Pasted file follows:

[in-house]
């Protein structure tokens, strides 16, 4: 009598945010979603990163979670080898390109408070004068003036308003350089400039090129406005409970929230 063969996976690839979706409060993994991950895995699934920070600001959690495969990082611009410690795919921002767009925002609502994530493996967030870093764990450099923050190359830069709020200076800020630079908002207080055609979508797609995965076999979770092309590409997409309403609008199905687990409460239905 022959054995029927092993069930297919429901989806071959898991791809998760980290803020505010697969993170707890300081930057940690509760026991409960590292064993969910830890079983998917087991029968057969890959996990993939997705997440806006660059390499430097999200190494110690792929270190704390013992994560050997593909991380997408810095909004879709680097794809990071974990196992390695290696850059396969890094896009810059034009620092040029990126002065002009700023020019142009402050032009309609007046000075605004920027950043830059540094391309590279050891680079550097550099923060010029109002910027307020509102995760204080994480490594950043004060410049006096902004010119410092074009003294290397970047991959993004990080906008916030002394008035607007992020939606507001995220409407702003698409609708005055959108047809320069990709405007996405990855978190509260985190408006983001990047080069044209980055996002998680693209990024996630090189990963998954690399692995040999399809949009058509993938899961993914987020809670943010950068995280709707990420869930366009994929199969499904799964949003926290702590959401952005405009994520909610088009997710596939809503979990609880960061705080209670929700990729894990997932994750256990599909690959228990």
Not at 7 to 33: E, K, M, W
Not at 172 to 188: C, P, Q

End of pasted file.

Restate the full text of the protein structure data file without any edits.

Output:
[in-house]
């Protein structure tokens, strides 16, 4: 009598945010979603990163979670080898390109408070004068003036308003350089400039090129406005409970929230 063969996976690839979706409060993994991950895995699934920070600001959690495969990082611009410690795919921002767009925002609502994530493996967030870093764990450099923050190359830069709020200076800020630079908002207080055609979508797609995965076999979770092309590409997409309403609008199905687990409460239905 022959054995029927092993069930297919429901989806071959898991791809998760980290803020505010697969993170707890300081930057940690509760026991409960590292064993969910830890079983998917087991029968057969890959996990993939997705997440806006660059390499430097999200190494110690792929270190704390013992994560050997593909991380997408810095909004879709680097794809990071974990196992390695290696850059396969890094896009810059034009620092040029990126002065002009700023020019142009402050032009309609007046000075605004920027950043830059540094391309590279050891680079550097550099923060010029109002910027307020509102995760204080994480490594950043004060410049006096902004010119410092074009003294290397970047991959993004990080906008916030002394008035607007992020939606507001995220409407702003698409609708005055959108047809320069990709405007996405990855978190509260985190408006983001990047080069044209980055996002998680693209990024996630090189990963998954690399692995040999399809949009058509993938899961993914987020809670943010950068995280709707990420869930366009994929199969499904799964949003926290702590959401952005405009994520909610088009997710596939809503979990609880960061705080209670929700990729894990997932994750256990599909690959228990």
Not at 7 to 33: E, K, M, W
Not at 172 to 188: C, P, Q